On a standard family holiday, the kind where parents pretend
to be too good for the city they strut in and talk about escape
but they’re merely sick of the heat and their kids getting restless,
on such a holiday our train stood still on the tracks for five hours
because of a bomb scare. We weren’t scared. I doubt we even
knew the details, but we were bummed without the station stop refills
of hard-boiled eggs and milky tea, and we were tired of acrobatics
in the muddying toilets, and we were tired in the way waiting
makes you tired. I imagined a tale of gore and grief, undecided
if I would live to tell it. I imagined stepping out at our destination,
whipped into fresh gratitude by the mountain air. Instead—
Cars on every inch of road all the way into the rocky heart,
honks and curses flying through the fumes forever till finally,
at the thickest fold of dusk, we burst through and raced
with the taste of new liberty, lurching at every loop until
my mother of the steely resolve, and I, long defeated,
could no longer get by on patience or Pepsi so we stopped
the car and stepped into what was now the night, silhouettes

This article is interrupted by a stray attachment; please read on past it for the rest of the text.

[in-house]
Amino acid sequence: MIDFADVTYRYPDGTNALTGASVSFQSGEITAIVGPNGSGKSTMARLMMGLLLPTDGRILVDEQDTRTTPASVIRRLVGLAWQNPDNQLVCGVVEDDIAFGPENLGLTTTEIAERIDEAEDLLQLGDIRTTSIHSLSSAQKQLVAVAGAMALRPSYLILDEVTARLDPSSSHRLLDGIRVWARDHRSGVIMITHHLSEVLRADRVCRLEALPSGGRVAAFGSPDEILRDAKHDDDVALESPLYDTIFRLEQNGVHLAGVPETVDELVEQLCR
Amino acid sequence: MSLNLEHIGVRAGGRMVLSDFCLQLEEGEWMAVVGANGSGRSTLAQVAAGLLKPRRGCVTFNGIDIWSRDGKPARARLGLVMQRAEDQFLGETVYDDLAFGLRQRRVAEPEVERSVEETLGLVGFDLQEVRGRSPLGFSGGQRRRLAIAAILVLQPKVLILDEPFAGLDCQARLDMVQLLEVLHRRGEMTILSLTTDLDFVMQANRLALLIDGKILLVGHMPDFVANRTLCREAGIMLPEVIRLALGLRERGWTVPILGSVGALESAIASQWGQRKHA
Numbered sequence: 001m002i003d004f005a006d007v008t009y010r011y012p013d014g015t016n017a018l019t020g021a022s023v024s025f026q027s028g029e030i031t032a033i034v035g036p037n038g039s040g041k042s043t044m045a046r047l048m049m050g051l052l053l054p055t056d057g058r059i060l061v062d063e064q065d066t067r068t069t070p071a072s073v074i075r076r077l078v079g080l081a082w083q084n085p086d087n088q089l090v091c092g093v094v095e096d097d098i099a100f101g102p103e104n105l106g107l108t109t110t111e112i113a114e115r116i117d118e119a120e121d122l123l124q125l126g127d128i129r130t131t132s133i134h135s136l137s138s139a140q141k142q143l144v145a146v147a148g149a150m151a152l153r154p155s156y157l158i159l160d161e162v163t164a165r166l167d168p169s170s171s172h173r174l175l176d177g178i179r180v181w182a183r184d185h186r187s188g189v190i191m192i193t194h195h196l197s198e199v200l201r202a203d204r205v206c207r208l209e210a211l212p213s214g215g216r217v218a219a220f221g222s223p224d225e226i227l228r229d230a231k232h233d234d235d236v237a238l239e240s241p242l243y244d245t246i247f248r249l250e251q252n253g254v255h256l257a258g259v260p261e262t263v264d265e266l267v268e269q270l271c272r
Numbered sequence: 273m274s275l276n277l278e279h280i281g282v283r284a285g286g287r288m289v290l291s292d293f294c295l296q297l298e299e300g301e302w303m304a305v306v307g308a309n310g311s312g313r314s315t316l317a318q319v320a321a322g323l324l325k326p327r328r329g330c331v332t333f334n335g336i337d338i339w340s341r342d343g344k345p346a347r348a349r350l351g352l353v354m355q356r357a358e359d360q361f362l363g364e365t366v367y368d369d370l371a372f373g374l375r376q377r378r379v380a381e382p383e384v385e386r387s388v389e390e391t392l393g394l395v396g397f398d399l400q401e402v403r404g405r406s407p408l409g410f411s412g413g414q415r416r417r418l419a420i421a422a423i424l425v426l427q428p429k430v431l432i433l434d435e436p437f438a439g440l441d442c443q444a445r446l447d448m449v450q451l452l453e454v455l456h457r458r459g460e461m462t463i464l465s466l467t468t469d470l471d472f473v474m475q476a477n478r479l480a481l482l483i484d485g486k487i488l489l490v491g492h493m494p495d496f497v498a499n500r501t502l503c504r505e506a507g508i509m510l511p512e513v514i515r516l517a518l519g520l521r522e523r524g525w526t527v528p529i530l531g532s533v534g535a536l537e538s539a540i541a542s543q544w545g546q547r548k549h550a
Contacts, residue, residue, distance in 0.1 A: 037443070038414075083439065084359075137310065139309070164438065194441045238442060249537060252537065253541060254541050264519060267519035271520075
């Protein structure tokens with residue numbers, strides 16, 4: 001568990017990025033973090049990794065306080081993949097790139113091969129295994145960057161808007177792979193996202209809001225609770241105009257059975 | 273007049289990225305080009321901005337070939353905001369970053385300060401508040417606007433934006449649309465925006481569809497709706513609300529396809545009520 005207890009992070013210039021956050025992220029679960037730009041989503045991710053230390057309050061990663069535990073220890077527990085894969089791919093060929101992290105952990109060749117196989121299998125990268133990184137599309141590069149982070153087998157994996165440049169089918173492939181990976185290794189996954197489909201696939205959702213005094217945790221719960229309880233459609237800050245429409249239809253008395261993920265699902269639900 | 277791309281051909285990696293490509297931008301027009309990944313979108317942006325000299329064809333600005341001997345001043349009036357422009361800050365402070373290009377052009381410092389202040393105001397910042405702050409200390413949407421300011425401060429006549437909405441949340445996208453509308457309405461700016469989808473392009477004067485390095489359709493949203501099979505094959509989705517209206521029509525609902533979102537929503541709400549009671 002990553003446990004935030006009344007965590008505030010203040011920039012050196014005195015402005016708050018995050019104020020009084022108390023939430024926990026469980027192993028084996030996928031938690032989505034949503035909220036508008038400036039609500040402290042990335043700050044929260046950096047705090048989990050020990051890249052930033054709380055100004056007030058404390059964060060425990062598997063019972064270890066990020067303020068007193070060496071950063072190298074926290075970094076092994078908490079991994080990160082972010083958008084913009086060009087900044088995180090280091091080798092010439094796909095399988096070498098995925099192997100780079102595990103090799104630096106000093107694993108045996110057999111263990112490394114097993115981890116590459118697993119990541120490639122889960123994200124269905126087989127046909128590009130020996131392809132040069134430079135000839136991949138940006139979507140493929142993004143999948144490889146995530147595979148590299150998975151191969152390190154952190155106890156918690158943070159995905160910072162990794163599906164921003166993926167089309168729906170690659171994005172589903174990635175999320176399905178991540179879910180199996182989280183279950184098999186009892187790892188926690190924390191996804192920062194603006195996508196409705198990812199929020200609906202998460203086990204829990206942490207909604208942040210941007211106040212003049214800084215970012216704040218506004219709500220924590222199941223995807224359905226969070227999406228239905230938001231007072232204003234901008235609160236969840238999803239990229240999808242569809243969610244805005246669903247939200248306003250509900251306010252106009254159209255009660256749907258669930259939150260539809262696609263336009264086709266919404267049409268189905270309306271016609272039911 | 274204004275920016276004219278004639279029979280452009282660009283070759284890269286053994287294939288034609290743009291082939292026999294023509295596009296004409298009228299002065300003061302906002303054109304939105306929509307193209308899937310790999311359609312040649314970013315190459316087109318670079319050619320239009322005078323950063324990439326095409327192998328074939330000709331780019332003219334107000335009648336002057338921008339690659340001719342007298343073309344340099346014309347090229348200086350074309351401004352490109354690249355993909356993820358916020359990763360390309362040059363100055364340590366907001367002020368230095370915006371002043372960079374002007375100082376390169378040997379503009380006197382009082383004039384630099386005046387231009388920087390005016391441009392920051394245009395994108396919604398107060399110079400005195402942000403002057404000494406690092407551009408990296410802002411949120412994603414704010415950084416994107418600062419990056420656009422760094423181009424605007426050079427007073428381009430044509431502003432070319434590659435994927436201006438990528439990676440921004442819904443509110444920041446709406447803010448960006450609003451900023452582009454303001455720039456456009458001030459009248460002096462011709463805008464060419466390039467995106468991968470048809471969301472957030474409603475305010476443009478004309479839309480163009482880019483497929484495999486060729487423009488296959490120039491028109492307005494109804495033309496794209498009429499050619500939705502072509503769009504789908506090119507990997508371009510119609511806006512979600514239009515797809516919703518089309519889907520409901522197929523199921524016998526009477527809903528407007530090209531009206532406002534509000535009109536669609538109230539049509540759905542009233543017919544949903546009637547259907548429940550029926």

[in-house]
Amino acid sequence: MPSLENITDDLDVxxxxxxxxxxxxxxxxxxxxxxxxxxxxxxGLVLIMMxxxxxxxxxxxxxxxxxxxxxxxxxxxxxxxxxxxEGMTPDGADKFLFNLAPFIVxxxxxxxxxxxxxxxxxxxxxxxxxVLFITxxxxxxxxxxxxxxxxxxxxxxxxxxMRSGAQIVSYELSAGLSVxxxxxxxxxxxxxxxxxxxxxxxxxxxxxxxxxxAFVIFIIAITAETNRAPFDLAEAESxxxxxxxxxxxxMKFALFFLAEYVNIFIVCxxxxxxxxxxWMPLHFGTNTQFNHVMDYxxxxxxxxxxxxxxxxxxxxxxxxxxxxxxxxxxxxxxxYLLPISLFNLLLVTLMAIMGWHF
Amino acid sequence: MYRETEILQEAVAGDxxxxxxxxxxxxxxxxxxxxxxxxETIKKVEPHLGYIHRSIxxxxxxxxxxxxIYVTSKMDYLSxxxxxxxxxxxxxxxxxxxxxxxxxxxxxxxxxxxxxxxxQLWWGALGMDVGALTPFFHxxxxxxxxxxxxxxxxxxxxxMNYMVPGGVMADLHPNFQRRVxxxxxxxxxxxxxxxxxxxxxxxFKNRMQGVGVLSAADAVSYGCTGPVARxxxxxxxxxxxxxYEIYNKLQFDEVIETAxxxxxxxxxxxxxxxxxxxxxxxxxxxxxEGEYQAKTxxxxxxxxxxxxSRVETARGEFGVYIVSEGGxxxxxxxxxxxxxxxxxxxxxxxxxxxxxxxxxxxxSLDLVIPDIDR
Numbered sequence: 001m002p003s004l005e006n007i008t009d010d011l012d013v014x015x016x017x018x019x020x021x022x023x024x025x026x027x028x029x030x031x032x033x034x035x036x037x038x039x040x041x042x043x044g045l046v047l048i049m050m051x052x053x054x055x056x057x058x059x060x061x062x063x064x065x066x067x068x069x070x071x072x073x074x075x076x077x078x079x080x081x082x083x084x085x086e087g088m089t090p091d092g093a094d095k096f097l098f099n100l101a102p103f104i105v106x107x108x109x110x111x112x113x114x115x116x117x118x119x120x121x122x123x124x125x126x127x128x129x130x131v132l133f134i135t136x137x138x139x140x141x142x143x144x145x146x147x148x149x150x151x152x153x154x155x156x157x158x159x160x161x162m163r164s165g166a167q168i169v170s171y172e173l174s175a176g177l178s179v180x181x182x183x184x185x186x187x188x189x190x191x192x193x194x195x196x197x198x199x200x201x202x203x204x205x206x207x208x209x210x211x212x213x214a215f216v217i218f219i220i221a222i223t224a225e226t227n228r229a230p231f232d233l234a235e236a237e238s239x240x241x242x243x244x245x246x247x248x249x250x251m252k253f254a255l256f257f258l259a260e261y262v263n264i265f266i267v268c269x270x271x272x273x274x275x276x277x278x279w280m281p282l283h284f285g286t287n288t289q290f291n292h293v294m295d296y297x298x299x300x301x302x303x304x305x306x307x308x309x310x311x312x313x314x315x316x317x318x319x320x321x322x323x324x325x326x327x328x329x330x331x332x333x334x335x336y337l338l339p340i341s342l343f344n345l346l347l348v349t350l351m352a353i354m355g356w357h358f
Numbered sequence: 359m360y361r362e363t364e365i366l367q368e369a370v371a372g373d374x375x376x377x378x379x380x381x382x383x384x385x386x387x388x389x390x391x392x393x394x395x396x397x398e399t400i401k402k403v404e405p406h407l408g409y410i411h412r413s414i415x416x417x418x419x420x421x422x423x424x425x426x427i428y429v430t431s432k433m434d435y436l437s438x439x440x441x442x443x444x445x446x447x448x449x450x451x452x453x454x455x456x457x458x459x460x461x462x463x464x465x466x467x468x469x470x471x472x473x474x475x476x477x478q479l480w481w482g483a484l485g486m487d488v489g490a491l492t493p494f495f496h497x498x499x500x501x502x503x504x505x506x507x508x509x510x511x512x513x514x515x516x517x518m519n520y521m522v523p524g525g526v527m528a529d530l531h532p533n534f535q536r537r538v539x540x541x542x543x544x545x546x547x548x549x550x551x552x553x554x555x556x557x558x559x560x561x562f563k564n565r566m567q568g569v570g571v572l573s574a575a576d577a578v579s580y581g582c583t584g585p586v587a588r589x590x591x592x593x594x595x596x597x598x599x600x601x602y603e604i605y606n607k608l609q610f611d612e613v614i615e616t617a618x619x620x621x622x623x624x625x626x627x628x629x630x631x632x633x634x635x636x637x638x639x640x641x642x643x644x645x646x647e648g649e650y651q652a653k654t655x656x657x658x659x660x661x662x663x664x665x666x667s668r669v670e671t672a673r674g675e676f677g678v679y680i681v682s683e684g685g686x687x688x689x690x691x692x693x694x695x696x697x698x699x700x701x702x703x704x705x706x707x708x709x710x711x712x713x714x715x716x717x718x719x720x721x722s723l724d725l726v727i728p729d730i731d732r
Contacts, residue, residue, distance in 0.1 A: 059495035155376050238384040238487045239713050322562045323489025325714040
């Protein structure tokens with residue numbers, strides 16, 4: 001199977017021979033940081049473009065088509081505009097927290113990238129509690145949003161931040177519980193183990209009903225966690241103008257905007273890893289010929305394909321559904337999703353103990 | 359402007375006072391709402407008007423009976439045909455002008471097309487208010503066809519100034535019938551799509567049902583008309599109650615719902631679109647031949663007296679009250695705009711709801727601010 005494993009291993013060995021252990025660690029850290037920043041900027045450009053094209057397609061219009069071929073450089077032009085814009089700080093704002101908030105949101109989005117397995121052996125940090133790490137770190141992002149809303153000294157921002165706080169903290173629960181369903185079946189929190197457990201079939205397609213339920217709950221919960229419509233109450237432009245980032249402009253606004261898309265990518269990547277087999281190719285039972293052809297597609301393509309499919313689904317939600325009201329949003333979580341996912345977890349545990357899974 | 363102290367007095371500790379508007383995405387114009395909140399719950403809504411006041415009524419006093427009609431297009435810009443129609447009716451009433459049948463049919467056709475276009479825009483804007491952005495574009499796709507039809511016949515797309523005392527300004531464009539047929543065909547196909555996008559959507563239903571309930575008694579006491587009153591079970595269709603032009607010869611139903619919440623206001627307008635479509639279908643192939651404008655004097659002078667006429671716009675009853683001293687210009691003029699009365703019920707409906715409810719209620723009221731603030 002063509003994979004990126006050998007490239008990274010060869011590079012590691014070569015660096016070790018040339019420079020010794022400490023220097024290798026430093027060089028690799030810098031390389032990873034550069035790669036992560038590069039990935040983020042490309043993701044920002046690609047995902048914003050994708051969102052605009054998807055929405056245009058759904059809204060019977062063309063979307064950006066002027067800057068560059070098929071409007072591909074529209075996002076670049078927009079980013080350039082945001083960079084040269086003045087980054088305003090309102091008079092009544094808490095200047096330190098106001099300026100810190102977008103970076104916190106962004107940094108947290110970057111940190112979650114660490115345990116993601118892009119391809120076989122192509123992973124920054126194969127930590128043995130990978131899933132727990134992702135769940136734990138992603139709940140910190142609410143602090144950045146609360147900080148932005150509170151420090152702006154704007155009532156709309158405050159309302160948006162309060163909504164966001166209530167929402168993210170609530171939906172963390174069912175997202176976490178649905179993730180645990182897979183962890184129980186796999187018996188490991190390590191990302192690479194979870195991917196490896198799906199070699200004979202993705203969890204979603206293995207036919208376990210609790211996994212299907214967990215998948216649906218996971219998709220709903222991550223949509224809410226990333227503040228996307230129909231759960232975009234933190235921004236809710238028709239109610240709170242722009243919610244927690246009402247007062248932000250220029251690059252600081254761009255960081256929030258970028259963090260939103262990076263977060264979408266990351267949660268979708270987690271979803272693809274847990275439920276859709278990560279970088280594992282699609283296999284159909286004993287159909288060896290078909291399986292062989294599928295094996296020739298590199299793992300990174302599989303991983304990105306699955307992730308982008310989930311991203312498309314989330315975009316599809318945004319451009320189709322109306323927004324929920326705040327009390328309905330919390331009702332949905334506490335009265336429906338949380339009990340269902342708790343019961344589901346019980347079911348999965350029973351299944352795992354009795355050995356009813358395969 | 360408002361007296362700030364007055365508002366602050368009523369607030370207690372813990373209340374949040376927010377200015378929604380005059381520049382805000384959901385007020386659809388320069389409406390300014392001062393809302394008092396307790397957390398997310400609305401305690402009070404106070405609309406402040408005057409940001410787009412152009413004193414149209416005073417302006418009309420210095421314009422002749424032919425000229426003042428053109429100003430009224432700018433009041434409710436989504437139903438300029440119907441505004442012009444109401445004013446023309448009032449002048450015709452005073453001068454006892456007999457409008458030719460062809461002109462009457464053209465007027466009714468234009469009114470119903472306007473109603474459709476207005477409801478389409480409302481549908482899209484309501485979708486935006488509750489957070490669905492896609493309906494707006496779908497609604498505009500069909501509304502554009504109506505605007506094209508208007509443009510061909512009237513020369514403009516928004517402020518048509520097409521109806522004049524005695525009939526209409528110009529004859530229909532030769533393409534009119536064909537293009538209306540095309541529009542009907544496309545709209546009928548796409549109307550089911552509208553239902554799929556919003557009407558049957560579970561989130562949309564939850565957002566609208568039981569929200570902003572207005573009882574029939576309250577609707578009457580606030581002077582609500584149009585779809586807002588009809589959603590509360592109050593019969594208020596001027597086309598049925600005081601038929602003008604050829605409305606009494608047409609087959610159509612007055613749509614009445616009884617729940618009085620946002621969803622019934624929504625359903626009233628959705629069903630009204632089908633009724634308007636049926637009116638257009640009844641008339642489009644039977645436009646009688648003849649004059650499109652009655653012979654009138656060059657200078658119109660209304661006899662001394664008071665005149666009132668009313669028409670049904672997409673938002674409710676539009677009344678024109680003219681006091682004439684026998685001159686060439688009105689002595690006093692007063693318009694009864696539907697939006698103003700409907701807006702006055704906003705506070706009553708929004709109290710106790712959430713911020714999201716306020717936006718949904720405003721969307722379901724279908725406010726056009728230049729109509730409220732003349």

of mountain peaks melting into emptiness, and from discreet
corners we heaved, feeling the familiar surge of shame and relief,
when past the horizon of my nauseous haze I could hear
my mother say something. Tara dekh tara, up there. I thought,
Dear god is ma really asking me to check out the fucking stars
but somehow instinctively I looked up and there they were,
smothering the sky, so soft, so bright over our heads that I
couldn’t help laughing. Here was so much beauty and here
we were, hunched, scarf smelling of sick, head spinning
(you’d think stars were the cause) and through the dark
I heard her laugh, ma, always in on the joke and always more
amused than anyone else. Ki holo? my brother asked, then
baba, uncertain laughter streaking their voices. What is it?

Anushka Sen is an international PhD student from Kolkata, India. Currently at Indiana University, Bloomington, she works on animal presence and spatiality in modernist literature. She is deeply invested in pedagogy, Indian politics, and all sorts of poetry from the work of Gerard Manley Hopkins to Paul Celan to Harryette Mullen. Her own poetry and nonfiction have appeared, or are forthcoming, in VAYAVYA, The Dalhousie Review, Elsewhere Lit, and Popula.

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